In October 2010, the younger AirAsia was trading at the RM2.50 level, while the "senior" MAS was trading at the RM2.20 level.

AirAsia has attracted more than seven times foreign institutional funds into the company. Based on the recent annual report, foreign institutional funds own more than 22 per cent of the low-cost carrier. As for MAS, foreign institutional funds hold just less than 3 per cent.

Fortunes of both companies on the stock exchange and on the business field have varied. Since its listing, the budget carrier has only suffered two quarters of net losses, partly due to fuel price volatility. In contrast, MAS, its more experienced rival, has suffered nine quarters of net losses during the same period. 

In the most recent quarterly results, AirAsia posted a net profit of RM171 million, while MAS suffered a net loss of RM242 million.

"In hindsight, this is probably the best result one could have hoped for in a volatile oil environment, without fuel surcharges (they were only implemented on May 3) and in a seasonally weak Q1," said Nomura Research, commenting on AirAsia's recent financial performance in its report recently.

As at last Friday, AirAsia's market cap exceeded RM8.4 billion and is trading at its all-time high level of RM3.11 on May 11 2011 and at a price-earnings of 8.26 times. In contrast, MAS is now trading at a decade low of RM1.45, with a total market cap of less than RM5 billion.

Analysts generally are starting to express pessimism on the airline industry due to the high fuel prices. Fuel expenses constitute 48 per cent of AirAsia's operating expenses and 38 per cent of MAS.

"Nevertheless, we still prefer AirAsia as its low-cost structure puts it in good position to weather the high oil price," said an analyst at a local research house.

Moving forward, AirAsia's outlook is expected to remain brighter than MAS.

"Assuming all other variables remain constant, a fuel cost sensitivity analysis on AirAsia and MAS revealed that AirAsia will still be profitable unless jet fuel exceed US$190 (RM574) per barrel, while MAS will sink into the red if jet fuel remains above the US$115 (RM347) per barrel," said ECM Libra Avenue in a research report in March when crude oil prices were rallying.

Year-to-date, the budget airline's shares have appreciated by 20 over per cent, while MAS shares have slumped by more than 30 per cent.

Not only that AirAsia has created value for the minority shareholders, but the company's major shareholders also had the opportunity to cash out. During the first year AirAsia was listed, Datuk Seri Tony Fernandes had an indirect stake of 44.76 per cent. Today, he has less than 27 per cent indirect stake.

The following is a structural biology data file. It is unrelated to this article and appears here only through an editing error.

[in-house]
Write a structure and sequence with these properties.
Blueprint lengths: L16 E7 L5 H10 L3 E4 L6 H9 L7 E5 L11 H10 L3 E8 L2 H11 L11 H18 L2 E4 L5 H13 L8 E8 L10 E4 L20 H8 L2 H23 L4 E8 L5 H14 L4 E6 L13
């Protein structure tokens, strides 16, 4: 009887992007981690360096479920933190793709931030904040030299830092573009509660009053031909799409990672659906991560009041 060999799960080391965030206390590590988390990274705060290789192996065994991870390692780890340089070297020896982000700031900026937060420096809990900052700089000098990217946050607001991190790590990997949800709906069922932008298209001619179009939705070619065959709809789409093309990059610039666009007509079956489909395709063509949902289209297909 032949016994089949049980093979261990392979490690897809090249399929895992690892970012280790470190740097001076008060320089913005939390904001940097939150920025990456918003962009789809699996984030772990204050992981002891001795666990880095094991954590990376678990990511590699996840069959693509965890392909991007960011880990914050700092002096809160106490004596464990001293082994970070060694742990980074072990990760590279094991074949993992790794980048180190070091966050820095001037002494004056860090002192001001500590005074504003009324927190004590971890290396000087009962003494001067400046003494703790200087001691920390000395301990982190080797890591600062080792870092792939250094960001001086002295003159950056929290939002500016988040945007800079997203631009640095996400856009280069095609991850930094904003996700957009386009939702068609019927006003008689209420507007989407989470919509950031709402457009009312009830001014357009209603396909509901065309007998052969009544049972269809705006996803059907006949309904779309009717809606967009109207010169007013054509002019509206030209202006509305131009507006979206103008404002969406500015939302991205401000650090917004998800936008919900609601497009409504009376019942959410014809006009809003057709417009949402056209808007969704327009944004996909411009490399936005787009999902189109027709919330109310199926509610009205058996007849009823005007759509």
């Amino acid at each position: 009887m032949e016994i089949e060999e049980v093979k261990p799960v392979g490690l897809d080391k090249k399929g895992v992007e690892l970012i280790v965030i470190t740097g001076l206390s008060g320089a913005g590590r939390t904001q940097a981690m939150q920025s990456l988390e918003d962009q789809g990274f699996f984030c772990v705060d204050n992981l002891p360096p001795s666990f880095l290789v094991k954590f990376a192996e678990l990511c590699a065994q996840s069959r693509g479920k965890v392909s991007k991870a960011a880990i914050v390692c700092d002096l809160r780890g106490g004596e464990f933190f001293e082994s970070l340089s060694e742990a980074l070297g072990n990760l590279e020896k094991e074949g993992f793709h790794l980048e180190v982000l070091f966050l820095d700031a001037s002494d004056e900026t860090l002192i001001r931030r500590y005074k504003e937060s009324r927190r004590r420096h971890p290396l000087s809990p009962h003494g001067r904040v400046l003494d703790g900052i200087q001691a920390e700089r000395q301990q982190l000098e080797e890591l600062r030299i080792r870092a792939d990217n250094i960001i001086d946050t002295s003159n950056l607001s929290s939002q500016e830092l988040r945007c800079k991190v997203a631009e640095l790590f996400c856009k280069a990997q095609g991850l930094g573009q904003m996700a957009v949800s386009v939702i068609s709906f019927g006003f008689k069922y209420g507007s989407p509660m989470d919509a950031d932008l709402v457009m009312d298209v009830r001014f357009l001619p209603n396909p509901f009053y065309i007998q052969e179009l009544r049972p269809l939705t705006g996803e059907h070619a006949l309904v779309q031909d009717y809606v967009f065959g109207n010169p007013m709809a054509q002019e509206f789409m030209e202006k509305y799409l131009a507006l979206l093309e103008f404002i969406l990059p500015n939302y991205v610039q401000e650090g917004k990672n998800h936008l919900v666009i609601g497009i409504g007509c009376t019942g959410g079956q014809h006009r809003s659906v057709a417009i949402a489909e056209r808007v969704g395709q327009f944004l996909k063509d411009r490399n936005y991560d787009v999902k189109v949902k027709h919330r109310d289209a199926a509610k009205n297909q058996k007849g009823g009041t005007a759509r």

It is also not the first time Malaysia has witnessed a newcomer taking on an incumbent, and emerging as the winner.

As another analyst put it: "This is not the first time we saw a 'newcomer' surpassing the initial market leader. Another good example is Proton versus Perodua. Consumers are now more conscious on price and quality".

Monday, May 23, 2011

Malaysia ranked world’s 10th largest consumer of alcohol

KUALA LUMPUR: Malaysia has been named by the World Health Organisation (WHO) as the world’s 10th largest consumer of alcohol despite its small population and size.
Statistics by the international body this year also showed that Malaysians spent over US$500mil (RM1.5bil) on alcohol with a per capita consumption of seven litres.
Beer consumption in Malaysia is 11 litres per capita.
Deputy Women, Family and Community Development Minister Heng Seai Kie said the problem of alcohol consumption in the country was getting serious.
“Alcohol is not only causing a lot of health issues but is also contributing to a significant number of accidents,” she said here yesterday.
Heng was speaking to reporters after launching booklets and seminars on “Promote Healthy lifestyle: Reduce Alcohol Harm” organised by the Kuala Lumpur and Selangor Chinese Assembly Hall (KLSCAH) and supported by IOGT International, a worldwide community of non-governmental organisations, and the National Association of the Prevention of Drug Abuse (Pemadam).
She said the ministry, through the National Population and Family Development Board, would hold a campaign to create awareness on the danger of alcohol abuse.
She said 10 seminars would be held nationwide this year.
They would be conducted in Mandarin, Malay, English and Tamil and were aimed mostly at those from the Chinese and Indian communities, which had a high alcohol abuse rate.
“The public has to understand that alcohol is not part of our culture and it will bring harm if it is abused,” she said.
Earlier, in his speech, KLSCAH secretary-general Yong Yew Wei said the Road Safety Council estimated that drinking and driving caused 30% of road accidents nationwide, with 38% of these resulting in fatalities.
“A study also shows that absenteeism from workplace among alcoholics is 16 times higher than others,” he said, adding that non-governmental bodies played a vital role in promoting a healthy lifestyle.

Malaysian's Bank margins rising?

Larger bank profits as BLR increase outpaces OPR rise
PETALING JAYA: The higher increase in the base lending rate (BLR, to which lending rates are pegged) compared with that of the benchmark overnight policy rate (OPR) has raised more than eyebrows among consumers.
“This is totally unacceptable,'' a reader wrote in an email to StarBiz. “Banks will be making higher margins at our expense.
“If you look back since Bank Negara cut the OPR to 2% and then increased it back to 3%, the BLR has increased at a faster pace. Back in 2008 when the OPR was 3.25%, the BLR was 6.5% but now the OPR is at 3% and the BLR is at 6.6%.
Anandakumar Jegarajasingam
“Bank margins have expanded by 35 basis points (one basis point is one hundredth of 1%). With RM900bil in total loans, this expands banks' profits by RM3.2bil at the expense of consumers.
“Also, when the SRR (statutory reserve requirement interest free deposits banks must keep with Bank Negara) was reduced from 4% to 1% of deposits, the savings were not passed on. But now that the SRR has been raised back to 3%, banks expanded BLR by five bps.